Building a worst case scenario rotation

In a perfect world, tha Yankees’ 2013 rotation is all but set. In a perfect world, Hiroki Kuroda and Andy Pettitte both return for another season on one year deals to form a formidable top of the rotation while Phil Hughes, Ivan Nova, and David Phelps compete to round out the back end of what should be a point of strength for the team.  This plan is far from set in stone, however, and a good chunk of it is outside of Brian Cashman’s control. It certainly doesn’t take much to imagine Andy Pettitte deciding to return to the land of retirement and/or another team coming along to offer Hiroki Kuroda a contract that the austere Yankees are unwilling to match. So let’s assume that that’s exactly what happens, and try to figure out where the Yankees go from there. We can assume that Sabathia, Hughes, Nova, and Phelps all get rotation spots, but that still leaves us one starter short of a full five man rotation. So where might the Yankees go to fill this hole?

Internal options:

Thanks to a pretty disastrous 2012, the Yankees’ own cupboard is remarkably barren for answers. It’s almost difficult to imagine it now, but at the start of the 2012 season there was a lot of excitement surrounding the Triple-A Yankees’ prospect laden rotation, but that’s pretty much non-existent now. David Phelps is already in our hypothetical rotation, and D.J. Mitchell is gone entirely, having been sent to Seattle for Ichiro Suzuki. On the more heralded prospect front, Manny Banuelos will miss the whole season following Tommy John surgery, and Dellin Betances is a total non-factor, as he’s more preoccupied with fighting to salvage his career at the moment. That leaves Adam Warren as the only viable arm in this category, but his Triple-A performance has underwhelmed, and he didn’t make a ton of progress last season. Michael Pineda could eventually help if and when he returns from his labrum injury, but you can’t count on that happening, and he wouldn’t be a factor until midseason even in the best case scenario.

Free agency:

Most of the time, you would assume that the answer to this question is simply that the Yankees would go out and sign someone else to fill the hole, and there could be some attractive options on the market for that purpose. However, the Yankees’ aversion to big, multi-year contracts basically leaves them out on anyone who would take more than a one year contract, and those options are rarely good. Considering how in demand pitching is, guys who can be had on one year deals almost always come with some combination of concerns related to age, health, and performance. Looking at the list of available starters, you’re basically talking about Erik Bedard, Francisco Liriano (who’s not a slam dunk to not get amulti-year offer from someone), Carlos Zambrano, and Joe Saunder in this group, as well as the usual array of minor league contract candidates. The one potentially interesting possibility here is Edwin Jackson, but I think he’ll likely accept a multi-year offering at mid-rotation starter money after pitching to basically his career norm after accepting a “pillow contract” with Washington last year.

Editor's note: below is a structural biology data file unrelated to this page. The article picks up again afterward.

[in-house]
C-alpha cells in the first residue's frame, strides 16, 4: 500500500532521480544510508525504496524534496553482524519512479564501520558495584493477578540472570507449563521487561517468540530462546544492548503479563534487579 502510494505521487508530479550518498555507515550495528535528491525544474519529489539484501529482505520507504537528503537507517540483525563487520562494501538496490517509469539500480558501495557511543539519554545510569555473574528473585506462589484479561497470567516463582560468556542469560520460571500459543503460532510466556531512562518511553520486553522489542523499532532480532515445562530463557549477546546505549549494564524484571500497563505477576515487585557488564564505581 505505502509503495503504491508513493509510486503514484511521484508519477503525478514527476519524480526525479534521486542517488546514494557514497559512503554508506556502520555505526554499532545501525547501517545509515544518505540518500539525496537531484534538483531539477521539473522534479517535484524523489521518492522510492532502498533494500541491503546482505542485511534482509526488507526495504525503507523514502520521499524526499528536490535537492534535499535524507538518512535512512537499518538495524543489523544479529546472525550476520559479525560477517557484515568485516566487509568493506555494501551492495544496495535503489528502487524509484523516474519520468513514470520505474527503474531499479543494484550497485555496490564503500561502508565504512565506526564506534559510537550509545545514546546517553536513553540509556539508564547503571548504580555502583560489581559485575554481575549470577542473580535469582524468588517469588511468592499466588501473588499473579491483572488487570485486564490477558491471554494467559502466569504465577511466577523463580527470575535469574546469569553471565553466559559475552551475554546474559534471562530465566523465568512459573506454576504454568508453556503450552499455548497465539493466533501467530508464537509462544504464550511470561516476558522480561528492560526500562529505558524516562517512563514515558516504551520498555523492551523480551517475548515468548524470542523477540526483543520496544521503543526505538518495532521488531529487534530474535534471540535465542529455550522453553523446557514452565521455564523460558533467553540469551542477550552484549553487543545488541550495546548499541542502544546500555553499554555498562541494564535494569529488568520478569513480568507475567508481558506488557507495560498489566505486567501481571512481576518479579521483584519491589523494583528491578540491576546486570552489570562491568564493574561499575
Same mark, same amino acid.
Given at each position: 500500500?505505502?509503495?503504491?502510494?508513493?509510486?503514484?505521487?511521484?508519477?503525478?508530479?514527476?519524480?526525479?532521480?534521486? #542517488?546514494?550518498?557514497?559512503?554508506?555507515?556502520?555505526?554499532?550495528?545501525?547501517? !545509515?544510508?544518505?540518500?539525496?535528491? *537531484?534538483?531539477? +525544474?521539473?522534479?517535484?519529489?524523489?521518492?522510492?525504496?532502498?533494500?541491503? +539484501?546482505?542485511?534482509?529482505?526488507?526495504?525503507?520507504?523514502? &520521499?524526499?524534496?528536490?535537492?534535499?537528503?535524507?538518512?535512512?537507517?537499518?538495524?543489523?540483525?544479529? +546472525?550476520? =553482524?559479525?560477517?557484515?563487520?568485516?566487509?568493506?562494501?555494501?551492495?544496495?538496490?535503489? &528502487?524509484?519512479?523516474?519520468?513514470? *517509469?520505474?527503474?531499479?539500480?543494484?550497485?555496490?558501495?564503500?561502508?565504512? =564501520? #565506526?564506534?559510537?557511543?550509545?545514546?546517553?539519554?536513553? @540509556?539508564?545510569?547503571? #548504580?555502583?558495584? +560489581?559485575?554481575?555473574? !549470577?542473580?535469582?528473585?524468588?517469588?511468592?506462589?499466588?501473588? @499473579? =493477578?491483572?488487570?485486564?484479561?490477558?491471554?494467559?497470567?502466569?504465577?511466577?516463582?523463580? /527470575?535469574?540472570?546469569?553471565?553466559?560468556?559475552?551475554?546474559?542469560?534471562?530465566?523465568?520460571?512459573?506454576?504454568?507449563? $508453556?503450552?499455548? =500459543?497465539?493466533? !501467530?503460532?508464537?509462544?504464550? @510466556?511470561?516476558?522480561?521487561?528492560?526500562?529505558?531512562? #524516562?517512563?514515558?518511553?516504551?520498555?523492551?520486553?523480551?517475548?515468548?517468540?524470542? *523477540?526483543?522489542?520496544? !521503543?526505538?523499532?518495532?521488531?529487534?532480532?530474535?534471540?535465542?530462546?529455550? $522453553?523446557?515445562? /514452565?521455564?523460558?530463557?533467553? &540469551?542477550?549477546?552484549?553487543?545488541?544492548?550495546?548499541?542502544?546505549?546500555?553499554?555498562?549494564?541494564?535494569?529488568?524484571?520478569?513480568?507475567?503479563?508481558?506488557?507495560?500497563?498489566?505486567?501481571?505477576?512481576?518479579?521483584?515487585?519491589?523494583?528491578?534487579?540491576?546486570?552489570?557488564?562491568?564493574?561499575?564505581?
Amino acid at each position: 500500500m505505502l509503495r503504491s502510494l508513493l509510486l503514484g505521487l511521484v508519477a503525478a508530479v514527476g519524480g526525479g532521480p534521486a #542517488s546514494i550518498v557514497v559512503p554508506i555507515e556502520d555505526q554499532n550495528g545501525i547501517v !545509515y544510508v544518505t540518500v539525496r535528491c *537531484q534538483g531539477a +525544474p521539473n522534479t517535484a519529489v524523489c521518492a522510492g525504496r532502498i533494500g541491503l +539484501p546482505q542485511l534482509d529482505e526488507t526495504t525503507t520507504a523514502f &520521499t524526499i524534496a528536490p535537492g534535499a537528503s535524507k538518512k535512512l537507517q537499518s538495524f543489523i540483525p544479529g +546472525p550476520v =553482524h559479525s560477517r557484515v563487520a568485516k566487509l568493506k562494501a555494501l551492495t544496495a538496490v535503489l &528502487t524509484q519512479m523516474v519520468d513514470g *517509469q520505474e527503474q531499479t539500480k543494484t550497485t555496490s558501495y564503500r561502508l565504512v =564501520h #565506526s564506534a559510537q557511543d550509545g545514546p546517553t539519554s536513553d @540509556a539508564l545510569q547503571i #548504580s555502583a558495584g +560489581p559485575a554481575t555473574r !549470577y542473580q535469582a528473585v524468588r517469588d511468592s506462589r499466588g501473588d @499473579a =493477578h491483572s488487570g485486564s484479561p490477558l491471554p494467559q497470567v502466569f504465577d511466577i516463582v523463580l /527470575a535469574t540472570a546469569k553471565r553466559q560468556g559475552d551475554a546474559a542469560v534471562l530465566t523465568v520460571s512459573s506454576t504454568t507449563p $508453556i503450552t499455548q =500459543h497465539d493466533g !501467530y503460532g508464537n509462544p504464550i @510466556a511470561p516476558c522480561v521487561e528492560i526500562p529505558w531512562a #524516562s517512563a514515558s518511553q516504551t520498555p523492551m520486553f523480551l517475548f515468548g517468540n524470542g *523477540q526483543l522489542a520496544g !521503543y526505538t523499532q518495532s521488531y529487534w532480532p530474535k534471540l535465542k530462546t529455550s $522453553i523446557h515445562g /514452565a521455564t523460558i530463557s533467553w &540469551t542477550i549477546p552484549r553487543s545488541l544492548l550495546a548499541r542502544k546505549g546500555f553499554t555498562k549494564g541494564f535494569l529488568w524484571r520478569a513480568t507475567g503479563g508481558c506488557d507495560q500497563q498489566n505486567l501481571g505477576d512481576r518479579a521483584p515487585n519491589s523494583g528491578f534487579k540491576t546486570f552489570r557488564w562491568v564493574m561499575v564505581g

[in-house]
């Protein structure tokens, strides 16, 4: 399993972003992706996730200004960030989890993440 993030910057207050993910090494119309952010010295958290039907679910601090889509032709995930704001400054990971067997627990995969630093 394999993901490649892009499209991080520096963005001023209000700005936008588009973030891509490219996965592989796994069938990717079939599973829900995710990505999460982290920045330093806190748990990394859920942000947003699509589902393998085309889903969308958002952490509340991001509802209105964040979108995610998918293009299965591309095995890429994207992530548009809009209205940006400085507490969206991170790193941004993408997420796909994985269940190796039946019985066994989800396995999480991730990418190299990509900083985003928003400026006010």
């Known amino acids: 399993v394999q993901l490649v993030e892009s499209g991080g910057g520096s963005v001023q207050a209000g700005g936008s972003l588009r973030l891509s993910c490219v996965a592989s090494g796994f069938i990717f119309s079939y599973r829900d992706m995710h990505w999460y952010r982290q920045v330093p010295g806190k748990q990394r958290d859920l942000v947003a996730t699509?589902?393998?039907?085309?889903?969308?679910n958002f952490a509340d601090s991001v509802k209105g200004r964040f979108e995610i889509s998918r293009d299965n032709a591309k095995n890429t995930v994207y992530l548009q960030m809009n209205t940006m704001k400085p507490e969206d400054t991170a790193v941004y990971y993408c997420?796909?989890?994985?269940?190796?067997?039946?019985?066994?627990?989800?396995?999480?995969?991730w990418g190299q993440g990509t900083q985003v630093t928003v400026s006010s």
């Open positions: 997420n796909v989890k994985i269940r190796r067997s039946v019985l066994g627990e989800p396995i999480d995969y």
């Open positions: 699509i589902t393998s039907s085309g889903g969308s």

Finally, there’s always the possibility that Cashman can pry a starter away from another team, but given the Yankees’ dearth of high upside, MLB ready young players you’re probably talking about a cheap buy on an older/back end innings eater type. I don’t have any idea who this would be specifically, but it is a possibility, though probably an unlikely one.

On the whole, my guess is that the Yankees would respond to this worst case scenario by hitting the scrap heap and stock piling older starters you’ve heard of on minor league contracts a la the 2010-11 offseason, when Pettitte first retired and Cliff Lee spurned their advances. That team went on to post the best record in the American League while getting great production out of Freddy Garcia and Bartolo Colon, so it’s possible to strike gold here, but I have a feeling that everyone would prefer to see Kuroda and/or Pettitte back in pinstripes next spring.

About Brien Jackson

Born in Southwestern Ohio and currently residing on the Chesapeake Bay, Brien is a former editor-in-chief of IIATMS who now spends most of his time sitting on his deck watching his tomatoes ripen and consuming far more MLB Network programming than is safe for one's health or sanity.

4 thoughts on “Building a worst case scenario rotation

  1. Would they consider Joba as the 5th starter? There are some who still think that’s where he belongs and if they have Mo and D-Rob to end games, which I guess I’m just taking for granted they will, wouldn’t Joba be a viable option?

    • Joba hasn’t had that kind of workload in years and thinking of him as a starter is pretty wishful. Kuroda broke my heart when he opted out. My only hope is that if he’s not playing with the Yankees he’s playing in Japan. Love that guy!